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Why Less Women are Progressing into Leadership Roles – How can this be solved?

Micro-study of senior and lead level tech roles highlights differences in access and tenure for women

Gender inequality in tech is an ongoing problem and a critical subject of discussion. The World Economic Forum recently published a set of four recommended pathways for getting women into tech leadership roles, noting that gender equality “remains an unfulfilled promise”.

A recent study of the gender balance of Chief Information Officers at FTSE 100 companies by Frank Recruitment Group, a Tenth Revolution Group company, revealed that in 2022, women made up just 27% of CIOs and that their average tenure at that level was a full year shorter than their male counterparts.

To follow up on these enquiries into women in tech leadership roles, researchers at Revolent, a Tenth Revolution Group company, have conducted a case study of middle management tech roles across the top companies by market cap in Canada, the US, and the UK. Looking specifically at senior and lead roles for architects, developers, and engineers, the findings indicate fewer women than men at middle management, and that those women who are present seem to have less time in those roles as well.

Key findings:

  • Across Canada, the US, and the UK, women occupy just 13% of middle management tech roles. In Canada women make up 17%, and in both the US and UKthe figure is11%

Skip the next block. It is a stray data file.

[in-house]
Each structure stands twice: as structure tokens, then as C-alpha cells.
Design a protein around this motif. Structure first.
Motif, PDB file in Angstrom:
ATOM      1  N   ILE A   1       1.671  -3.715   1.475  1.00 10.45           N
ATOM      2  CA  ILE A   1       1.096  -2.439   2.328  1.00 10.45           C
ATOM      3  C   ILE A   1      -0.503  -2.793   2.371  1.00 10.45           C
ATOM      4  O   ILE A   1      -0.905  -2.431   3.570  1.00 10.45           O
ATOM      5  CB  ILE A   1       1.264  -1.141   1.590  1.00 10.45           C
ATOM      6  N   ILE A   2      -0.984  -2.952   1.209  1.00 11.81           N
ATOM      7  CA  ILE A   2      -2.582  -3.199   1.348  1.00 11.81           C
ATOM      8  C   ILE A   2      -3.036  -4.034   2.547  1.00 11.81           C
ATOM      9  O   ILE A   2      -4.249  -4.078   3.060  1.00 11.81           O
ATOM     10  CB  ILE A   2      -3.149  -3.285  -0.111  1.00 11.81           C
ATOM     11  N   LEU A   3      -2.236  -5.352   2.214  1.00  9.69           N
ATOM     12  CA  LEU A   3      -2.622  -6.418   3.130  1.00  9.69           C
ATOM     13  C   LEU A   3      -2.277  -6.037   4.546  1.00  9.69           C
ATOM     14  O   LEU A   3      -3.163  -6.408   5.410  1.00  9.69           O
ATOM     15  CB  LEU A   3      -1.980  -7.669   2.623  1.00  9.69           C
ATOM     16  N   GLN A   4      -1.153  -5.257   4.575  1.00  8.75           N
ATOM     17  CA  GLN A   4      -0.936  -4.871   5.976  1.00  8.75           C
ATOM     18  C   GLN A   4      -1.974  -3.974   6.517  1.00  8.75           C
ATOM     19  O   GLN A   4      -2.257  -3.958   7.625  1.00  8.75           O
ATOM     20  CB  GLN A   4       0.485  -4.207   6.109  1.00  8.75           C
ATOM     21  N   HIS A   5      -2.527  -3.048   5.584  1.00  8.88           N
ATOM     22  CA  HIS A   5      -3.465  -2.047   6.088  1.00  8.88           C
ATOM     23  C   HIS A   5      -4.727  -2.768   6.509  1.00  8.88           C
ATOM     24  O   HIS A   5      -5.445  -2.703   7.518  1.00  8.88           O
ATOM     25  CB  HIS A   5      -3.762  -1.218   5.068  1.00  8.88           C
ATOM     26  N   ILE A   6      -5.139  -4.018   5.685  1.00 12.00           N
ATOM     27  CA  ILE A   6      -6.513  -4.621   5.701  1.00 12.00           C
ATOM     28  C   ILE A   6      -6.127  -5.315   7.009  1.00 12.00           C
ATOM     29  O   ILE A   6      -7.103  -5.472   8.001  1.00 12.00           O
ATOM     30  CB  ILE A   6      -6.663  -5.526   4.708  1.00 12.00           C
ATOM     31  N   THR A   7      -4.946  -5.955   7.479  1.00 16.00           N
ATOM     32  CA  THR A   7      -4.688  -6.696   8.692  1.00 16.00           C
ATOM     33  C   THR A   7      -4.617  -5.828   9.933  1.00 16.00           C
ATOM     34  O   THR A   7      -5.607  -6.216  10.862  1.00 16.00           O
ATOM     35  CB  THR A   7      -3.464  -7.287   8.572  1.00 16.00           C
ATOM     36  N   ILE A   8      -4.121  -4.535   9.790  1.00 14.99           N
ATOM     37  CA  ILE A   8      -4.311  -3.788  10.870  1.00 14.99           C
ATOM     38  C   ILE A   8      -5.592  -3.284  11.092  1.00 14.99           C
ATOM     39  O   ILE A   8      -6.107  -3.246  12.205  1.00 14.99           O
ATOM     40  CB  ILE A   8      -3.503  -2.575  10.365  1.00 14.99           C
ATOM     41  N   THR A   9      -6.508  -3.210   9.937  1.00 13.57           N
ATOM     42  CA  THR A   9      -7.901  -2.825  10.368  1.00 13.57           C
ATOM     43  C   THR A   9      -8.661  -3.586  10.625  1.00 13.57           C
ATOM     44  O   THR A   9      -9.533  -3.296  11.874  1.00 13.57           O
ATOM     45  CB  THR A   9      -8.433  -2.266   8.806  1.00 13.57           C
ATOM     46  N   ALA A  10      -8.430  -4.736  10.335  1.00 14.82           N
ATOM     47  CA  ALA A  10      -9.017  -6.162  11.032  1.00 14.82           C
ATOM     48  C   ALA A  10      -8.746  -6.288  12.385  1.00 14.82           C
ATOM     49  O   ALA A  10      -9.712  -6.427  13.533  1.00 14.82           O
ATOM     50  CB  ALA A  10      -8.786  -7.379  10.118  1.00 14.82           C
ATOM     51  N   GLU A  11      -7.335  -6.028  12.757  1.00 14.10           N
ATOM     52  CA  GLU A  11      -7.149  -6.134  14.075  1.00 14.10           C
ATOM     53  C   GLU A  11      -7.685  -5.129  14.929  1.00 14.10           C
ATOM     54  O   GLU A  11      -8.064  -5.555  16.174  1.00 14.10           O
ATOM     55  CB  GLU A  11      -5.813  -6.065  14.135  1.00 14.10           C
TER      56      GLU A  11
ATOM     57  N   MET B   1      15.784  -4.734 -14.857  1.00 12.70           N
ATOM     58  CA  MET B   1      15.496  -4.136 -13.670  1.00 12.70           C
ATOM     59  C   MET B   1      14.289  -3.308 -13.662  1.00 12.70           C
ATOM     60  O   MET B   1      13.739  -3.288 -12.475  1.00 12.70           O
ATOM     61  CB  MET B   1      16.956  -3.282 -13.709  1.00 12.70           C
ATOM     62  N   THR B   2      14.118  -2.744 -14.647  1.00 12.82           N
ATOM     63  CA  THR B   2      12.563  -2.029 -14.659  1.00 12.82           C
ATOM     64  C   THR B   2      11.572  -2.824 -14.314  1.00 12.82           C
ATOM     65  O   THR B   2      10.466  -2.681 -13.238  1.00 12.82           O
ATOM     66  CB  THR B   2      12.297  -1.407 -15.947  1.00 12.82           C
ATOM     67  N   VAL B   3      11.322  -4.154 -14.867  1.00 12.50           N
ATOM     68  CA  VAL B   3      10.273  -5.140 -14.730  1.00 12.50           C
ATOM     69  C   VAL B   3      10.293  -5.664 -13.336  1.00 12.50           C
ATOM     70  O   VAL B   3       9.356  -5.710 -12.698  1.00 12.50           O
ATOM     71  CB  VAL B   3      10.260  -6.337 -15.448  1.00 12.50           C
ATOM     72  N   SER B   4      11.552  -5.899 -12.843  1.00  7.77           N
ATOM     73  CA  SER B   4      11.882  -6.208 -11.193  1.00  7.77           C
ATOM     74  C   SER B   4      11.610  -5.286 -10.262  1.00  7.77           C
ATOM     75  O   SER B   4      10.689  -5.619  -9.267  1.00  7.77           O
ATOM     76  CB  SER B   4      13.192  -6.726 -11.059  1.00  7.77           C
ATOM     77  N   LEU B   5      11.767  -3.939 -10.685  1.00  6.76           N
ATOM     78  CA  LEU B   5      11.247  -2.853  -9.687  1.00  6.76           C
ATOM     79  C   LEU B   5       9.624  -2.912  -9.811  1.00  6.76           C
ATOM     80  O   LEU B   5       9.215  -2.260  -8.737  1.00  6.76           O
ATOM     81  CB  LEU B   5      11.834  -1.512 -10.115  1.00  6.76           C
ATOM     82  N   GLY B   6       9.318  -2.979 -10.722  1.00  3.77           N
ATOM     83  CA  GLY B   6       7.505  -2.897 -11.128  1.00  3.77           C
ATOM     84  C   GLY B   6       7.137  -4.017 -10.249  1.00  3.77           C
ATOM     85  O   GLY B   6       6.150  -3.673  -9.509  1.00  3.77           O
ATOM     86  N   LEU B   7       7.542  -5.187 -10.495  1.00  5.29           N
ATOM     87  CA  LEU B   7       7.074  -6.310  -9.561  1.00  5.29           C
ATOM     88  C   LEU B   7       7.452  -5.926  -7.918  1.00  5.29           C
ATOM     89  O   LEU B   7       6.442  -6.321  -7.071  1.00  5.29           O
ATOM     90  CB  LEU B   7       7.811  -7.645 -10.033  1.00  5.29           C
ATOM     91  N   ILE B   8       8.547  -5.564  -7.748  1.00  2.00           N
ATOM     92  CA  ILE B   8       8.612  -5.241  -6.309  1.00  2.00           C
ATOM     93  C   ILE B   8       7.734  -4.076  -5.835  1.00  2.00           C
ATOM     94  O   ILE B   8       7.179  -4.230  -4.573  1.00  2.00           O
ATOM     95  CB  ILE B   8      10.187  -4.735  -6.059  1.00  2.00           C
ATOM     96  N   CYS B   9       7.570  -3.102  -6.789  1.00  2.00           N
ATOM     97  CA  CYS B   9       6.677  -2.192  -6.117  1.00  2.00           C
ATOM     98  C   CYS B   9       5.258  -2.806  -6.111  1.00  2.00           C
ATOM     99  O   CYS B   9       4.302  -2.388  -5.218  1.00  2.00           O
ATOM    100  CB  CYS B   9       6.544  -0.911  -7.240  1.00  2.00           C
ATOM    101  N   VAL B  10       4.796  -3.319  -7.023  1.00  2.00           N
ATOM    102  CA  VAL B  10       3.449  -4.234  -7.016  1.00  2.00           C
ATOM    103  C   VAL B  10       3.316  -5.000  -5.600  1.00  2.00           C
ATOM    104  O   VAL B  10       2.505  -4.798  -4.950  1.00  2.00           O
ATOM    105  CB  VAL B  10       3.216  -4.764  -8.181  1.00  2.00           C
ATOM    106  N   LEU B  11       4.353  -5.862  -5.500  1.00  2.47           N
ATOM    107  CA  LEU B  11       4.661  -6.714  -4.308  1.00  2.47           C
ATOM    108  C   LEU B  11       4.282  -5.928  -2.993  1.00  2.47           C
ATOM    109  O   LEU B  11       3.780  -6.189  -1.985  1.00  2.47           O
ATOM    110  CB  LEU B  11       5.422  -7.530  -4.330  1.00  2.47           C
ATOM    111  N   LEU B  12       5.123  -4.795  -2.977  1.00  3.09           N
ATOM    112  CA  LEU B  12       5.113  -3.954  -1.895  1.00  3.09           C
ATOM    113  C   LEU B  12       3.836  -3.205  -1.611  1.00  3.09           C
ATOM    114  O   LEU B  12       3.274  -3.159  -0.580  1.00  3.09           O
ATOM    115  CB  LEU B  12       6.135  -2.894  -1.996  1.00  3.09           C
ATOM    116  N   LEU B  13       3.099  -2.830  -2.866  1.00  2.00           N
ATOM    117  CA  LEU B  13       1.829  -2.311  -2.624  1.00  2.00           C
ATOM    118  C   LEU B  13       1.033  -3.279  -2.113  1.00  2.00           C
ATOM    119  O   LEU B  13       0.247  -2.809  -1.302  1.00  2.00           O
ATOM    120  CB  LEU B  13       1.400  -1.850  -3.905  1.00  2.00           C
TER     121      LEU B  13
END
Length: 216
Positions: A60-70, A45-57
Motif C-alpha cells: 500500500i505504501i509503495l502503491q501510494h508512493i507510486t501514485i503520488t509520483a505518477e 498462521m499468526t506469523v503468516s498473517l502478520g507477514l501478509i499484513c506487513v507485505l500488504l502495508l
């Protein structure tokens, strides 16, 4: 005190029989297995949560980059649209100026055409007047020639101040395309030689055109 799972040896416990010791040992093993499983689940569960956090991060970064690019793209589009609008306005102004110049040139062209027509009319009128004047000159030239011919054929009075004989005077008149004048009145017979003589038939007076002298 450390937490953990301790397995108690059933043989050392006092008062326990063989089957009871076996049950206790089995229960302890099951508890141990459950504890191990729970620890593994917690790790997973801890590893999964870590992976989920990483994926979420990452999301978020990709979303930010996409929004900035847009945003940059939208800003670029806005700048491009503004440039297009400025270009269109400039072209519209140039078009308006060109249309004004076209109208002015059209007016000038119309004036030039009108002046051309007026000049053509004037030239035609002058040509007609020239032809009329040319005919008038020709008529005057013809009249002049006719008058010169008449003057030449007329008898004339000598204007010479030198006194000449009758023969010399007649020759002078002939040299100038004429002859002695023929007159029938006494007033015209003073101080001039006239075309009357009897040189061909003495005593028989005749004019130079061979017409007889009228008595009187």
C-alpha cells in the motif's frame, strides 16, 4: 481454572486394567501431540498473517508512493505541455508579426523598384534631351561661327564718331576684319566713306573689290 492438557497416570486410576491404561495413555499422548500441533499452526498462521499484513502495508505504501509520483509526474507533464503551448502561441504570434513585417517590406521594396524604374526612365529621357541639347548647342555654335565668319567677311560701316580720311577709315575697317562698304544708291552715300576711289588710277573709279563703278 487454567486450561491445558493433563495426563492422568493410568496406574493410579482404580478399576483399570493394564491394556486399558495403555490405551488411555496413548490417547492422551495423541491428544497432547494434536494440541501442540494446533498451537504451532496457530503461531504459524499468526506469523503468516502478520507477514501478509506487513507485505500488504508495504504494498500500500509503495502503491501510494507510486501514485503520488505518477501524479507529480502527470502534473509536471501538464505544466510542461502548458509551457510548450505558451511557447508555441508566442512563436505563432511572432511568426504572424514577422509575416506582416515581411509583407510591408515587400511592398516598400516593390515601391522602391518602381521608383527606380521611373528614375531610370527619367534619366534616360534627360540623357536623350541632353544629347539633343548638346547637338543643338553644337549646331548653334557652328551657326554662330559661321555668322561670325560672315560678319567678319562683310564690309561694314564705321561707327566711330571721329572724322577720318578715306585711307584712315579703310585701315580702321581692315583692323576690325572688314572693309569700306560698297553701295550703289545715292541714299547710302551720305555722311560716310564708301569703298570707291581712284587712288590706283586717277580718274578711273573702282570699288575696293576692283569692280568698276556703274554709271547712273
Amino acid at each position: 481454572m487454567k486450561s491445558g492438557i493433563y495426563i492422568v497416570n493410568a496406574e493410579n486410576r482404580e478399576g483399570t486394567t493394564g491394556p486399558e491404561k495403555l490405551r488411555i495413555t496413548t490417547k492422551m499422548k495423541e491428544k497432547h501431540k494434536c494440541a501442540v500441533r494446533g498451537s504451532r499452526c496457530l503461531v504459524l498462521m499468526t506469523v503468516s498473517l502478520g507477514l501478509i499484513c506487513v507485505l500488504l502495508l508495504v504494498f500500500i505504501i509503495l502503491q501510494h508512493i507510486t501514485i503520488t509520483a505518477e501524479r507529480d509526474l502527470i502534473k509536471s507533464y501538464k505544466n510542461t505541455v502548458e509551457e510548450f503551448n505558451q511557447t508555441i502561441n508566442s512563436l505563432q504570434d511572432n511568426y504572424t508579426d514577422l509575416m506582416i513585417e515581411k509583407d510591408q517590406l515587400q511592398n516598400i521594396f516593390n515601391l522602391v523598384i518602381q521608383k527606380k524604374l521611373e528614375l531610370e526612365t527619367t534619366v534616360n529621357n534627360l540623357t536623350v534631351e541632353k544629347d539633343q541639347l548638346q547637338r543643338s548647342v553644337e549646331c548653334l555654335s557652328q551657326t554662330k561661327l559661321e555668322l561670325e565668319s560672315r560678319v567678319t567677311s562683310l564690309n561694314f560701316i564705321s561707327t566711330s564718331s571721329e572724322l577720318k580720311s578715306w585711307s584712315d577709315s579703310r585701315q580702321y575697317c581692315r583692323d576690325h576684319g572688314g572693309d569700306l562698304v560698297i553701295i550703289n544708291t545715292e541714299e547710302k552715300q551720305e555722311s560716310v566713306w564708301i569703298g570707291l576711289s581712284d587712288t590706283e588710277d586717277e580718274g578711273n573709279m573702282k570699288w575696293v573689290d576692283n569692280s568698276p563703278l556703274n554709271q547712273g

• The average tenure for men in middle management tech roles is 3.7 years, compared to 2.5 years for women
  • At the senior level, the tenure gap is 1.4 years. At lead level, the gap is 1 year
  • Women make up just 22% of tech professionals who have a tenure of more than a decade in their role

Chairman & CEO James Lloyd-Townshend commented:

“Gender inequality’s still a hot topic in tech, and for good reason – progress has remained too slow across the board. This new data on middle management in particular offers us further insight into the conversation about leadership. If we aren’t supporting women into senior and lead roles, it prohibits their chances of reaching the board level. The shorter average tenure that women currently in those roles have compared to men is also quite significant. At best it means women have generally started in those positions more recently, but it could also indicate that women are leaving their posts which is real cause for concern.

“In the context of the tech skills gap, gender inequality is an even more pressing issue. And this study really bolsters the idea that we need to be thinking about pathways – how we can empower women to pursue tech at every level, so that there are women at entry level who can progress into middle management roles, and so that there are women in middle management who can progress to the executive level. Access and support are important at every level.”

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